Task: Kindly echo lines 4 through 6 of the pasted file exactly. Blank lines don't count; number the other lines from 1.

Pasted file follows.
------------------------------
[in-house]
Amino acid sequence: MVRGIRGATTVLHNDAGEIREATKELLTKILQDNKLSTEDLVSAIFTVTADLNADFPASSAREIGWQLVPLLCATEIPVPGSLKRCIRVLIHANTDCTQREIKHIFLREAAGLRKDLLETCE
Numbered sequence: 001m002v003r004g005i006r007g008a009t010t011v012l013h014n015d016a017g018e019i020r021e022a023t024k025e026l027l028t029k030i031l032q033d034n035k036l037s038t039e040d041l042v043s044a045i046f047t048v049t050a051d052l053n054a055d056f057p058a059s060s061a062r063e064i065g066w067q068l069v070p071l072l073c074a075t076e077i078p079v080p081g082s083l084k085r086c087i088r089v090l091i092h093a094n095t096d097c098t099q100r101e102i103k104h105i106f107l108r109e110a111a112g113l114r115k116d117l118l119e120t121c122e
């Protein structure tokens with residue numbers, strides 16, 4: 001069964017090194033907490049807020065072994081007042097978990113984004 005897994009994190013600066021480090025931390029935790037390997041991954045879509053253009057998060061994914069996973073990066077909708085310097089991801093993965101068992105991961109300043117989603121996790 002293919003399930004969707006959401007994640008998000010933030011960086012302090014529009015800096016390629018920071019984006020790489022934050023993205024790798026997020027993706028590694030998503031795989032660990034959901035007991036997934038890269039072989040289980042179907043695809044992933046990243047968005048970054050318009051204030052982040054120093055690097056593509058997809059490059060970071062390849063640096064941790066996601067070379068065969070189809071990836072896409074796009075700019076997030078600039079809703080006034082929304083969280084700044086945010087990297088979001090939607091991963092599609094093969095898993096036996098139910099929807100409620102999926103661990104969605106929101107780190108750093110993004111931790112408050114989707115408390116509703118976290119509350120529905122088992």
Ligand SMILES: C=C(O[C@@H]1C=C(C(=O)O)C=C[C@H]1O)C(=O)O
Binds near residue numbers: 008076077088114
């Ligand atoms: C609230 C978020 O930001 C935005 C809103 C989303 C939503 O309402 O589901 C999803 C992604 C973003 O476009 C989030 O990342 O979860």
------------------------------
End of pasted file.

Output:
């Protein structure tokens with residue numbers, strides 16, 4: 001069964017090194033907490049807020065072994081007042097978990113984004 005897994009994190013600066021480090025931390029935790037390997041991954045879509053253009057998060061994914069996973073990066077909708085310097089991801093993965101068992105991961109300043117989603121996790 002293919003399930004969707006959401007994640008998000010933030011960086012302090014529009015800096016390629018920071019984006020790489022934050023993205024790798026997020027993706028590694030998503031795989032660990034959901035007991036997934038890269039072989040289980042179907043695809044992933046990243047968005048970054050318009051204030052982040054120093055690097056593509058997809059490059060970071062390849063640096064941790066996601067070379068065969070189809071990836072896409074796009075700019076997030078600039079809703080006034082929304083969280084700044086945010087990297088979001090939607091991963092599609094093969095898993096036996098139910099929807100409620102999926103661990104969605106929101107780190108750093110993004111931790112408050114989707115408390116509703118976290119509350120529905122088992």
Ligand SMILES: C=C(O[C@@H]1C=C(C(=O)O)C=C[C@H]1O)C(=O)O
Binds near residue numbers: 008076077088114